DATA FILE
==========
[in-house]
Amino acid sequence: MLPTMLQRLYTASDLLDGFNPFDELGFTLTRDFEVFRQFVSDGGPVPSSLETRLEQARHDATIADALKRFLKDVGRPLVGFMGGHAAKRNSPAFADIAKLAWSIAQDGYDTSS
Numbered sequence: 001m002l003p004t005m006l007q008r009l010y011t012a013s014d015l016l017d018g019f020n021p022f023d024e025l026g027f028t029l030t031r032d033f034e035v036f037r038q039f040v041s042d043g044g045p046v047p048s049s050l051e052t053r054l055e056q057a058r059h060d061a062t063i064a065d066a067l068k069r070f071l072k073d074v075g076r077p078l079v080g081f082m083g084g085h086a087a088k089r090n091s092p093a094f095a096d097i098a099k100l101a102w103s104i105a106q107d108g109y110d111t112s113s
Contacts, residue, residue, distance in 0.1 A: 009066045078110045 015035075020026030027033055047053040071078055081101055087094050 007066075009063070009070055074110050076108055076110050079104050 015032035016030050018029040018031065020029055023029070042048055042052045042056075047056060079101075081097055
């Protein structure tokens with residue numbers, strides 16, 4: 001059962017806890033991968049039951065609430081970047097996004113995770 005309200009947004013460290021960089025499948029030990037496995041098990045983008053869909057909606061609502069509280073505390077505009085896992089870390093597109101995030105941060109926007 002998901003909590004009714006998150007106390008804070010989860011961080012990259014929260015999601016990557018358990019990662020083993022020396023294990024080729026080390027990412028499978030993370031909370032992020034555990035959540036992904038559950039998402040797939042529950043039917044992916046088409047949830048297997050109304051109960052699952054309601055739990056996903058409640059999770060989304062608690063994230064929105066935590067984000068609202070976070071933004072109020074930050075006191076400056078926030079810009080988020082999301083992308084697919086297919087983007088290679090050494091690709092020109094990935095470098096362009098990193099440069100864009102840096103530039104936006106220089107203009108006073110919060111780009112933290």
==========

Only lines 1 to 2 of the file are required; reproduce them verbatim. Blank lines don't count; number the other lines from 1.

[in-house]
Amino acid sequence: MLPTMLQRLYTASDLLDGFNPFDELGFTLTRDFEVFRQFVSDGGPVPSSLETRLEQARHDATIADALKRFLKDVGRPLVGFMGGHAAKRNSPAFADIAKLAWSIAQDGYDTSS